Anatomy of a scam: Phone caller warns your PC is infected

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windows-7-security-iconAlmost anyone with an Internet connected computer has seen browser popups warning that your PC is infected with a virus and offering to scan and clean the system. Of course, most folks know by now that these are actually attempts to place malware on your system, followed by a demand for money in exchange for removing it.

But what many folks don’t know is that there’s a counterpart to this scam in the “real” world, in which con artists contact victims by phone to tell them their computers are infected. I hear several times a year from people who’ve fallen for this scam, and they often end up being tricked into giving up credit card numbers and losing large sums of cash as a result.

Now, the Windows Secrets newsletter has some notes from a tech-savvy reader who was called twice by such scammers. Veteran tech journalist Fred Langa details what happened, providing an insight into how these bad guys operate.

And the story has a Houston connection, though it’s likely a random one.

Windows Secrets reader Scott Brande tells Langa that he received two calls from the scammers within as many weeks, and the second time he decided to play along and take notes:

“This morning I received a telephone call (the second such call in two weeks) about infected files on my computer; the caller then offered to fix the problem. Suspecting a scam, I decided to play along.

“I think it was the same caller both times. He had a strong accent, the kind I’m used to hearing on outsourced help lines. I asked the caller’s name both times; the first time he replied, ‘Mike Tyler,’ and the second time he was ‘Andrew.’ He began the call by saying that he’s with Microtek, an authorized supporter for Windows operating systems. (My spelling of the company’s name was a guess; the caller never spelled it out.)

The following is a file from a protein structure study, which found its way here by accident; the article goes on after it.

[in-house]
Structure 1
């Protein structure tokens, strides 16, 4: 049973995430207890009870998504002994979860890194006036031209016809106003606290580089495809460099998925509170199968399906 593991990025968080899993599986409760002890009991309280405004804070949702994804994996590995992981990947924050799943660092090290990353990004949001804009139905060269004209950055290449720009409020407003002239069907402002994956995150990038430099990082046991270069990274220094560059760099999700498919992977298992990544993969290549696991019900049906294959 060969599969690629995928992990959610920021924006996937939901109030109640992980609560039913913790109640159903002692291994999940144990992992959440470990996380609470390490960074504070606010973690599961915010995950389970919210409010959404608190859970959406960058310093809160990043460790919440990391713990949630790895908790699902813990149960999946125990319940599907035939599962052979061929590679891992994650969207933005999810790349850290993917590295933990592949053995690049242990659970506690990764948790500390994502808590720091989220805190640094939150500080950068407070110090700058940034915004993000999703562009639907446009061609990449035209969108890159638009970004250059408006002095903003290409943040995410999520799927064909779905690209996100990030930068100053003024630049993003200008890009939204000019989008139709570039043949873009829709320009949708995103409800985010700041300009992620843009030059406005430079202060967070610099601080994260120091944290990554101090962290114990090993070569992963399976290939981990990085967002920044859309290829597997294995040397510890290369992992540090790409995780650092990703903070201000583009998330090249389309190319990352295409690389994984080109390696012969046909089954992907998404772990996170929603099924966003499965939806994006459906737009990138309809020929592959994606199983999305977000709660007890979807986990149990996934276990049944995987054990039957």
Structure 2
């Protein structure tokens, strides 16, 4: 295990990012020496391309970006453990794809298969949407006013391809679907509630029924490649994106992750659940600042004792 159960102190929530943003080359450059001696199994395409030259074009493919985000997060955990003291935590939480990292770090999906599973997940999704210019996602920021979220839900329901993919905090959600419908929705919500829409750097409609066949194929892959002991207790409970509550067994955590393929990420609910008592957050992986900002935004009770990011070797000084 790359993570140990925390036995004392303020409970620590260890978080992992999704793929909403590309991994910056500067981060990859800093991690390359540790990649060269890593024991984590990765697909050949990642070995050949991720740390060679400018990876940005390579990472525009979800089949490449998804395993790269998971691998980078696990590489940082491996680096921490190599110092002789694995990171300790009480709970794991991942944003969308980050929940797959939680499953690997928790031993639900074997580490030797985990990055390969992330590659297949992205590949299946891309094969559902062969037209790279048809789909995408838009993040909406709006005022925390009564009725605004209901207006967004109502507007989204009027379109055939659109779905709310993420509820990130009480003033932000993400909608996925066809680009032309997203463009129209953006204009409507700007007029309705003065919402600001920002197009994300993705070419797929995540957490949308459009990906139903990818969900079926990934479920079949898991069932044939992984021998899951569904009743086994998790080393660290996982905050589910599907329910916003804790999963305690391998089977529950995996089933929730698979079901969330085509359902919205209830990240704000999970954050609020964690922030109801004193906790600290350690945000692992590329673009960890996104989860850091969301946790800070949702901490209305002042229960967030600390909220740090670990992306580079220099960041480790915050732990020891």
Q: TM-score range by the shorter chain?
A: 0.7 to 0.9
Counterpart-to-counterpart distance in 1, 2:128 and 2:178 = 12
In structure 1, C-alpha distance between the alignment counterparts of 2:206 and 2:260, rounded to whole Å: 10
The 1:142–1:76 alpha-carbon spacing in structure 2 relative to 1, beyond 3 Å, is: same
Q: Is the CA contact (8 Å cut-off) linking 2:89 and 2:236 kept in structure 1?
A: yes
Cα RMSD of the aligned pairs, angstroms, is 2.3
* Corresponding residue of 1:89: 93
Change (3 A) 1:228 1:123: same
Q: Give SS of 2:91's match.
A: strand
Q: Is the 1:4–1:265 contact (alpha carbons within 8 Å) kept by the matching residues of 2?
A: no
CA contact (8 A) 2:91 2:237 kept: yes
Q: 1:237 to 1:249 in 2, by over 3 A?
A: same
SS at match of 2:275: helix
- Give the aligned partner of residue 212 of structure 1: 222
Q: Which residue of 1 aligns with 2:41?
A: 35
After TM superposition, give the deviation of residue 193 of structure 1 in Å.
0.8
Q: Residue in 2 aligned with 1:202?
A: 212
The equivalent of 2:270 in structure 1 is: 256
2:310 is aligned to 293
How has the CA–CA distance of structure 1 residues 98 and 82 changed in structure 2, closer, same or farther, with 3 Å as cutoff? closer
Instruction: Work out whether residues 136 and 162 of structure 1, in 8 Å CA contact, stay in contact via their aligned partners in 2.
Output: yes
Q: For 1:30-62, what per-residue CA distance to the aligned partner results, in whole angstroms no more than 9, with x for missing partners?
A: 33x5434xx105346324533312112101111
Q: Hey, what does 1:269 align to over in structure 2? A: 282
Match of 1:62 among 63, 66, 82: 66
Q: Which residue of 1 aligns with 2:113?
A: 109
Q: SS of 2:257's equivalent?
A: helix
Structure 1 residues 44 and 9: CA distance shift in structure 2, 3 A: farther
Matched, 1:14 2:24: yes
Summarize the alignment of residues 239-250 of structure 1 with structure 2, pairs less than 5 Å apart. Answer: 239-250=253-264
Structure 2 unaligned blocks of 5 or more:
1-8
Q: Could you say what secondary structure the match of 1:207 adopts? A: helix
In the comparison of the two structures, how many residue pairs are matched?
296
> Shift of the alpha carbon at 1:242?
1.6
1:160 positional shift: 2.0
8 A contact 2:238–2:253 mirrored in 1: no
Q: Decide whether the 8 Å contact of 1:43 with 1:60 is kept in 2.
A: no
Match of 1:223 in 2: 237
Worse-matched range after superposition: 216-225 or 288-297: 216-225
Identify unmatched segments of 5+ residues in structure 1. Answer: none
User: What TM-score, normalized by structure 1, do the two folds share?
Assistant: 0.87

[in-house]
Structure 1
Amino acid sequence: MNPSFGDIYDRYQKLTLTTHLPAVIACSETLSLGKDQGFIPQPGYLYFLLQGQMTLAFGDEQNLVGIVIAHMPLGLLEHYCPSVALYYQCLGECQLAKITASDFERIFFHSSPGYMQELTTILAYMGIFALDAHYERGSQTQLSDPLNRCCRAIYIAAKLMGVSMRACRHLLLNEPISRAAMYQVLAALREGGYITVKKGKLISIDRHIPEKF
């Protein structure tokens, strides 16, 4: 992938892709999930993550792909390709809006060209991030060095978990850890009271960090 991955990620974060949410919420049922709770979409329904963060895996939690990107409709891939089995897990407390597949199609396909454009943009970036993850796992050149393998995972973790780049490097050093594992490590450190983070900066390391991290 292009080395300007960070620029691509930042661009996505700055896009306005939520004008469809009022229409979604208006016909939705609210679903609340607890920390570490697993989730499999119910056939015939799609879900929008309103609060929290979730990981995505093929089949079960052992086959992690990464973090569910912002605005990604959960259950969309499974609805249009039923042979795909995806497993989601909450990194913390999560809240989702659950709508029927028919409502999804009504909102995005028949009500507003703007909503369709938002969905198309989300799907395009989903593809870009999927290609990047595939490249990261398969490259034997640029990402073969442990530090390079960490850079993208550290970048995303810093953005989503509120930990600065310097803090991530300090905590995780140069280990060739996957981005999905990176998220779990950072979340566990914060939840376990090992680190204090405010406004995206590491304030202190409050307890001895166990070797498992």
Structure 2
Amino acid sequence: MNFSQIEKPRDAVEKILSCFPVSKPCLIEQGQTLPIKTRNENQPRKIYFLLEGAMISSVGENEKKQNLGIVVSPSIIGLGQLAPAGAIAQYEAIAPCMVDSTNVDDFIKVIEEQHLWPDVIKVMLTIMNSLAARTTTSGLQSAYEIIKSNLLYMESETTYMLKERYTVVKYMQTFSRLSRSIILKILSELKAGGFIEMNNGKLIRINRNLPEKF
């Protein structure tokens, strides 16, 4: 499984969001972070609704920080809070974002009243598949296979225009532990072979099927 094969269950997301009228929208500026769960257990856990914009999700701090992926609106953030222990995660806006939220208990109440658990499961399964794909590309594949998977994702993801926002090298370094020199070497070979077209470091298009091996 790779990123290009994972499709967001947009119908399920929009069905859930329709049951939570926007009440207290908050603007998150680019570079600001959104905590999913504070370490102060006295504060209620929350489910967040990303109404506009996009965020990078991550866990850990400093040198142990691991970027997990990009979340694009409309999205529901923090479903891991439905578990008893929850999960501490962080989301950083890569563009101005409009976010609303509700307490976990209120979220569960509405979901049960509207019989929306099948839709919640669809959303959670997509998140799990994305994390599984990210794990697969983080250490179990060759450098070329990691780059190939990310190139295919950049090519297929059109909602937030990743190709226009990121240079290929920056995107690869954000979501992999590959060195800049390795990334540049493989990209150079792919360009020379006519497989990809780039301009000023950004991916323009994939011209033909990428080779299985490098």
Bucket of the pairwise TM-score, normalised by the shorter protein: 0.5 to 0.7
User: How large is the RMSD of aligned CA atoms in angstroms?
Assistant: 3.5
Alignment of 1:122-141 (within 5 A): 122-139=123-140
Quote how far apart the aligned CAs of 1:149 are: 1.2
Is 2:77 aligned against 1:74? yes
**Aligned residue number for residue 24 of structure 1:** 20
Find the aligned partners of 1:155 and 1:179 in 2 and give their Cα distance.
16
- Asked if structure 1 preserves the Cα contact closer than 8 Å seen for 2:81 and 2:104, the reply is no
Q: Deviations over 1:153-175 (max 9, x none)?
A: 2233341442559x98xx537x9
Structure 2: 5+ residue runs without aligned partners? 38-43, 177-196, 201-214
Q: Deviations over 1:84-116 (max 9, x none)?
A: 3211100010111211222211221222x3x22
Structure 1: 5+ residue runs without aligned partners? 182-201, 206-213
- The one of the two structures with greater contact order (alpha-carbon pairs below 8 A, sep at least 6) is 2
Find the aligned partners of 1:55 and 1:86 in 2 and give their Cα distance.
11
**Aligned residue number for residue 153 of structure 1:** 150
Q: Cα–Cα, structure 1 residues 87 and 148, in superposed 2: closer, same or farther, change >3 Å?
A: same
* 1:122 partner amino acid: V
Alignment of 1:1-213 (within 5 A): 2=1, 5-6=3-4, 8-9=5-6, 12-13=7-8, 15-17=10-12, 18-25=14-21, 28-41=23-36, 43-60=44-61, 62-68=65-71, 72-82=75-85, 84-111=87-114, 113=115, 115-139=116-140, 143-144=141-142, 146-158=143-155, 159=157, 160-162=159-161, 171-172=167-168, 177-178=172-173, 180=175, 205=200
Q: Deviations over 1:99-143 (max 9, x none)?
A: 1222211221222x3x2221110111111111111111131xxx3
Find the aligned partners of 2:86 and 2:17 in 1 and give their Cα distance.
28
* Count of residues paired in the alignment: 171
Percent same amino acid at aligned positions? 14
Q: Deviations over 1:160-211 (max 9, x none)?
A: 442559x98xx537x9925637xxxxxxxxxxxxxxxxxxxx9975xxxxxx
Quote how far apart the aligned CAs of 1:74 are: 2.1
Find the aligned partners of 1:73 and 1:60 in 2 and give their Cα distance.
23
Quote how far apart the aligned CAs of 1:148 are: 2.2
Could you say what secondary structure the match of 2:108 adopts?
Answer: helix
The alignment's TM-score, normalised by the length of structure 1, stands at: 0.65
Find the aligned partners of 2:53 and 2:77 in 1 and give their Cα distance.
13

Brande pressed the caller on the company and was told it was out of Houston. Indeed, there’s a Microtek here, but it’s a Houston branch of an Illinois-based computer training company. It doesn’t do tech support. Brande said he suspects the caller pulled the company’s name at random off the Web. (There’s also a small computer sales and service business in Houston called MicroTech, but it’s also likely unrelated.)

Brande asked the caller how he knew Brande’s PC was infected, and was told that “because I use Microsoft Windows, my computer sends notifications to Microtek servers.”

“I then asked how he knew about my specific computer; he stated that his server gets updates from my PC. He then asked whether I ran Windows Update. When I said yes, he went on to say that Microtek servers got the information about infected files in my system via Windows Update.

“I countered, stating that Windows Update goes only to Microsoft servers — not Microtek servers. But he simply repeated that Microtek is an authorized Microsoft Partner.

The caller told Brande that his PC was infecting the computers of MicroTek’s clients. Brande challenged him, and he then offered to show Brande the infected files on his computer. What happened next is especially galling:

“I asked how his clients’ machines could possibly be affected by my home computer. He didn’t answer this but went directly to the following: ‘OK, I’ll show you the infected files on your computer.’ He instructed me to enter .inf into the Start menu search box, then declared that all these files were ‘infected’ (that .inf stands for ‘infected’ or ‘infection’).

Brande knew that wasn’t true. The .inf extension actually stands for INFormation. It’s a text file typically used for installing hardware drivers on Windows PCs. Of course, a search for this on a Windows system will turn up dozens of these files, likely scaring the bejesus out of someone who doesn’t know better.

Brande’s challenge to this ultimately caused the caller to hang up. But had Brande been less savvy, the caller probably would have wanted a credit card number to perform a cleanup, or may have placed malware on the system in the guise of an antivirus program.

As Langa points out, Microsoft and its partners never make this kind of call, and Windows Update doesn’t collect personally identifying information that would enable such cold calls.

At the end, Langa provides a list of ways victims can report attempted – or, sadly, successful – scam attempts:

For more information about how to recognize the type of scam Scott ran into, see the MS Safety & Security Center page, “Avoid scams that use the Microsoft name fraudulently.”

You’ll find additional ways to generally scam-proof yourself on the U.S. Federal Trade Commission (FTC) site, “Telemarketing Scams.”

If you receive (or have already received) a scam-related phone call, the FTC requests you dial (toll-free) 1-877-FTC-HELP or visit the Complaint Assistant site.

If you’re on the receiving end of an attempted scam via the Web (rather than by phone), file a complaint on the Internet Crime Complaint Center’s free website.

As I said, I hear regularly from readers who’ve experience this type of scam, so it’s pretty common. Have you gotten one of these calls? Tell us your story in the comments.

Dwight Silverman | Techblogger, social media manager

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